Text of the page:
As a guest on a Close-Up Foundation panel discussion on religion and the media, I made the point that we still see erroneous references in the press to the “separation of church and state” being in the Constitution. Peter Slevin of the Washington Post had a variation of this theme in a January 1 article about a federal judge barring mention of Jesus Christ in the daily invocations at the Indiana state house. Slevin claimed in the second paragraph that the constitution “forbids the government to show preference for any religious denomination.”
Oh really? Where does it say that? The constitution forbids the establishment of a national church. At the time the First Amendment was ratified, half of the states had official churches or an official religion. Children in the public schools were taught to read and write using the Bible.
The 16th paragraph in Slevin’s article revealed that the document forbidding the showing of a preference for any religious denomination was the opinion of the judge, David F. Hamilton, an appointee of President Bill Clinton. Slevin reported, “In a 60-page ruling in November, he cited precedents from the U.S. Supreme Court and several lower courts in ruling that the ‘clearest command’ of the Constitution’s establishment clause is that ‘one religious denomination cannot be officially preferred over another.'”
It is certainly the case that Hamilton made this claim. But where in the constitution is such a “command?”
Judge Roy Moore of Alabama knows what the Constitution says on this matter. And when a federal judge ordered him to remove a Ten Commandments monument from the Alabama court house, he refused. The monument also featured religious references from the Declaration of Independence, the National Motto, the Pledge of Allegiance, and the Judiciary Act of 1789.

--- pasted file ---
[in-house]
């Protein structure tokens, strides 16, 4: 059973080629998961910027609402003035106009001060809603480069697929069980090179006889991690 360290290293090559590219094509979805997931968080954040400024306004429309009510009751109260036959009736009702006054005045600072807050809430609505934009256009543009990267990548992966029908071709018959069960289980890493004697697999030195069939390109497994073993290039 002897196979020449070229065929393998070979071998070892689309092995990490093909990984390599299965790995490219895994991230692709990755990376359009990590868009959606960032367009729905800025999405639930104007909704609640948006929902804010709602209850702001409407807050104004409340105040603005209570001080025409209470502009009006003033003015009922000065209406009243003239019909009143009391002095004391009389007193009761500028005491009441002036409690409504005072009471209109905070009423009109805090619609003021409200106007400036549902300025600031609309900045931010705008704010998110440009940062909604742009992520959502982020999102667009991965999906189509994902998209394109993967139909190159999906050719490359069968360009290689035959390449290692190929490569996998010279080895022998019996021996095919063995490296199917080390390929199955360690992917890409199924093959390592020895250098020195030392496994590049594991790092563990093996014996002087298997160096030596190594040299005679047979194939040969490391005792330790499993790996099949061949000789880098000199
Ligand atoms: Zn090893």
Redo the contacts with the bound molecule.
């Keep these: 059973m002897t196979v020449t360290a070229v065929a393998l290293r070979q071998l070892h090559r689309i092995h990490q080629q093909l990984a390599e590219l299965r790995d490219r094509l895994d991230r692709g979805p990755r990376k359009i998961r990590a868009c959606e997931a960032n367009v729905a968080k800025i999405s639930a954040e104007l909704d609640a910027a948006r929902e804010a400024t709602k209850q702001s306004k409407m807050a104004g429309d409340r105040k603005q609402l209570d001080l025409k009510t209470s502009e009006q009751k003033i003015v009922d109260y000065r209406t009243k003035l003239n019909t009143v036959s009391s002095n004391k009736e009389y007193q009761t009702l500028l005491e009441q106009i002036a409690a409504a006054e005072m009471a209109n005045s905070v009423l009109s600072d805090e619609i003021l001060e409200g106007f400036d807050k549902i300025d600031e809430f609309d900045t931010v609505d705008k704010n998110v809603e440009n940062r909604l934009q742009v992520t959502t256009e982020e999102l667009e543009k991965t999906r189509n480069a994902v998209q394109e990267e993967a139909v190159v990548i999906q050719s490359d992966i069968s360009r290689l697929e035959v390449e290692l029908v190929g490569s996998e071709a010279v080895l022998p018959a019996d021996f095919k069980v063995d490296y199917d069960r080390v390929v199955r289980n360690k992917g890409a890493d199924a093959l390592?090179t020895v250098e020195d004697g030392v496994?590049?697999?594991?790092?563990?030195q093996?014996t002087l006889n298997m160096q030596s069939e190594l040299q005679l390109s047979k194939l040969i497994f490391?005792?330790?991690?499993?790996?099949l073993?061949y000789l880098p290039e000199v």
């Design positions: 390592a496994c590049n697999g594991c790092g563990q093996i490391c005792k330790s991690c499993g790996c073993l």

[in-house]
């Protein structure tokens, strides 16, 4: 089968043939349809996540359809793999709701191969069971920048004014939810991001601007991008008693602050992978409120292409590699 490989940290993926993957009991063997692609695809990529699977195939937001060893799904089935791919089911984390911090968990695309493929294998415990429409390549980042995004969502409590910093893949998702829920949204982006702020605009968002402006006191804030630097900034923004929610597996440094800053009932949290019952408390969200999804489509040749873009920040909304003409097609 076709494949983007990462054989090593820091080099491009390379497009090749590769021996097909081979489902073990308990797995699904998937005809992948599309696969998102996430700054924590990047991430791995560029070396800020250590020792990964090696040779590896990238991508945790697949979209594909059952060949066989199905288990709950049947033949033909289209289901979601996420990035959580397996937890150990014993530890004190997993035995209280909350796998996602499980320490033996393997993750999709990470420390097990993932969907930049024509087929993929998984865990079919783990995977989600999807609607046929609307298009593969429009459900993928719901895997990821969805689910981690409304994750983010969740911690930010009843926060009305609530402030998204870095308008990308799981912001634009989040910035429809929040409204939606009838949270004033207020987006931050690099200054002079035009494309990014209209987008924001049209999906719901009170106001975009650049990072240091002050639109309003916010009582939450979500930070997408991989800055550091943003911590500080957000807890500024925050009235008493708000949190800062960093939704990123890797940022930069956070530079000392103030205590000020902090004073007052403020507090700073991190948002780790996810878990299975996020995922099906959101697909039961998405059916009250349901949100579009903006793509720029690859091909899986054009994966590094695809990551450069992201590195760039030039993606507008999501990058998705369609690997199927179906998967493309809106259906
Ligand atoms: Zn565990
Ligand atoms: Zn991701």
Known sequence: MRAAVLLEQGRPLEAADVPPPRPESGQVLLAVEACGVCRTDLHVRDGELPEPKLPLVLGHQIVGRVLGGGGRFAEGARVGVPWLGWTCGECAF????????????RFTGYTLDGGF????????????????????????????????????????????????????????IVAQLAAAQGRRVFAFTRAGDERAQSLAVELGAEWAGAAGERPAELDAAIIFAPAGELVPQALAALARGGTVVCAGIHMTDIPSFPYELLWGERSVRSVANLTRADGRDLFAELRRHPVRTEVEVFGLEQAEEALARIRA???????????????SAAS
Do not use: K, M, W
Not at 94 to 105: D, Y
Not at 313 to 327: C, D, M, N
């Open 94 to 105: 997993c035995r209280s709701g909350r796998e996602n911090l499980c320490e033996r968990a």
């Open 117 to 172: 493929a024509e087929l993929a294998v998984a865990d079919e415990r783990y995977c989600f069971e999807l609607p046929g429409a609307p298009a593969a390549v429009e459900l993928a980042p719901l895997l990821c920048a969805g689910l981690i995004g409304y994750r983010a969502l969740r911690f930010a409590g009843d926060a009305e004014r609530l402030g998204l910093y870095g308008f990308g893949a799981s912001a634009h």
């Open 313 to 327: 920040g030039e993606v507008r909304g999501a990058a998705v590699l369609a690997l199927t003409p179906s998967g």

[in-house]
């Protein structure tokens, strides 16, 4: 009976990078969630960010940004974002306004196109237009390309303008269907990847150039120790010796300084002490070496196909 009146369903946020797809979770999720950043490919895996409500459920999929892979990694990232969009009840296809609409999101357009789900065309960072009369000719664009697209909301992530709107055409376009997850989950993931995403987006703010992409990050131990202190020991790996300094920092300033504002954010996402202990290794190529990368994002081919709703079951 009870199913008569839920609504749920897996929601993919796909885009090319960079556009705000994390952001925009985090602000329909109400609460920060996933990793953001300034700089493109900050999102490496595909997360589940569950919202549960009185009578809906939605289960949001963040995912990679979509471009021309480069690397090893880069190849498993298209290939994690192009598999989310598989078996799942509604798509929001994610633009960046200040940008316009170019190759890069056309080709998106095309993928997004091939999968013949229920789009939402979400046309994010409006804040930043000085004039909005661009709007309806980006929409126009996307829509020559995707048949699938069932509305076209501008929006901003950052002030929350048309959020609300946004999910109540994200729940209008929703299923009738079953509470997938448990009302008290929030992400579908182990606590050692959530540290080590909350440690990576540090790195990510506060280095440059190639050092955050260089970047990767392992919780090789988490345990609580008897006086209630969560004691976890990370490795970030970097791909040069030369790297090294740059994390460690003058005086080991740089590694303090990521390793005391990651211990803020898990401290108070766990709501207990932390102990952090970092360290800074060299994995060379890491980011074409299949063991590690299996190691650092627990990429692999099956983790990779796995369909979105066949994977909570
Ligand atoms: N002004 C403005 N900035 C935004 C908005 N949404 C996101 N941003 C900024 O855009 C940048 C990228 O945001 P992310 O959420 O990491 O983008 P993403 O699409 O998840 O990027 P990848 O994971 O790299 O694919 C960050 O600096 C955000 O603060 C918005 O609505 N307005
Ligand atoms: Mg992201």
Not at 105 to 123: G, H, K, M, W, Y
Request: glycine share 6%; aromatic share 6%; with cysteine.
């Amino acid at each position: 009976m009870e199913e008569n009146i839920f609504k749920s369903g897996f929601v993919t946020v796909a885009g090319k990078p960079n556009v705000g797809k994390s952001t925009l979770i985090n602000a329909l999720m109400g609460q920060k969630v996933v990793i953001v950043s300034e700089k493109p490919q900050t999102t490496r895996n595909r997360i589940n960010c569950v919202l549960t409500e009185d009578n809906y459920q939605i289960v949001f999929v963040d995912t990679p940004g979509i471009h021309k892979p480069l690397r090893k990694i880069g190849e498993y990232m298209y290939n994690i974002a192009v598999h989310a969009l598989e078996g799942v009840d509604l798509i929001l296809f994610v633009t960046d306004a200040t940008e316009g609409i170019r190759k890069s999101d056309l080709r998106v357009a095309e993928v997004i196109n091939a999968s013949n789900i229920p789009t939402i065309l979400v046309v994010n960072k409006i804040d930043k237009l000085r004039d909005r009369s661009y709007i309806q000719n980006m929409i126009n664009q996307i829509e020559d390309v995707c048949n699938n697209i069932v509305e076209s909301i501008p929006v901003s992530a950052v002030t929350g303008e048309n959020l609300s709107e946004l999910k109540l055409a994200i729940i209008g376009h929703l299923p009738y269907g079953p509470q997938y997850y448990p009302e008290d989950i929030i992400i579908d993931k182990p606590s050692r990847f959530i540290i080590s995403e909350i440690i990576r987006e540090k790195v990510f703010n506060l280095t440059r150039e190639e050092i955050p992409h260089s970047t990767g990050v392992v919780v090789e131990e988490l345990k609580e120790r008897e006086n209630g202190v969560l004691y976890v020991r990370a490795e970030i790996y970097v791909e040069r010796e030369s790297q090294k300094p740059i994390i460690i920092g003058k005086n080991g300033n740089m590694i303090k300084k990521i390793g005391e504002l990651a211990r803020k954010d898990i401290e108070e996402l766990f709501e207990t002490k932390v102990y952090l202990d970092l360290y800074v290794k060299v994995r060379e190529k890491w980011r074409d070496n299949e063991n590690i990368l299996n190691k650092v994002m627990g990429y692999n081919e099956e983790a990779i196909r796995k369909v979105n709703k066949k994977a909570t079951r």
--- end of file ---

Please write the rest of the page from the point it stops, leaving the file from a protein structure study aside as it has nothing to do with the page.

It is tragic that Bernard Goldberg, who performed a public service with his two books on liberal media bias, listed Moore as one of “100 People Who Are Screwing Up America” in his latest book. I didn’t read the book, but that is what has been reported about it. Goldberg reportedly claimed that “what Judge Moore did should enrage true conservatives?in fact, it ought to make them even angrier with the judge than liberals were.” Goldberg insisted that Moore should have complied with the federal ruling.
Goldberg, of course, is not a true conservative and has never claimed to be. On social issues, he has described himself as a liberal.
As noted by Professor David Lowenthal, Moore was on solid ground because the federal courts have no constitutional jurisdiction over Alabama in these matters. Lowenthal said that the First Amendment prohibition against establishing religion was designed by the founders to make sure that Congress didn’t establish a national religion or church like they had in England. It has nothing to do with states displaying the Ten Commandments.
Judge Moore was standing up for the Constitution. It is nothing less than defamatory to say that he was screwing up America.
Goldberg made a bunch of money by appealing to conservatives upset about liberal media bias but he turned around and insulted a prominent conservative named “Man of the Year” by Human Events, the conservative weekly.
It looks like Goldberg was trying to come across as fair and balanced. But he destroyed his credibility in the process.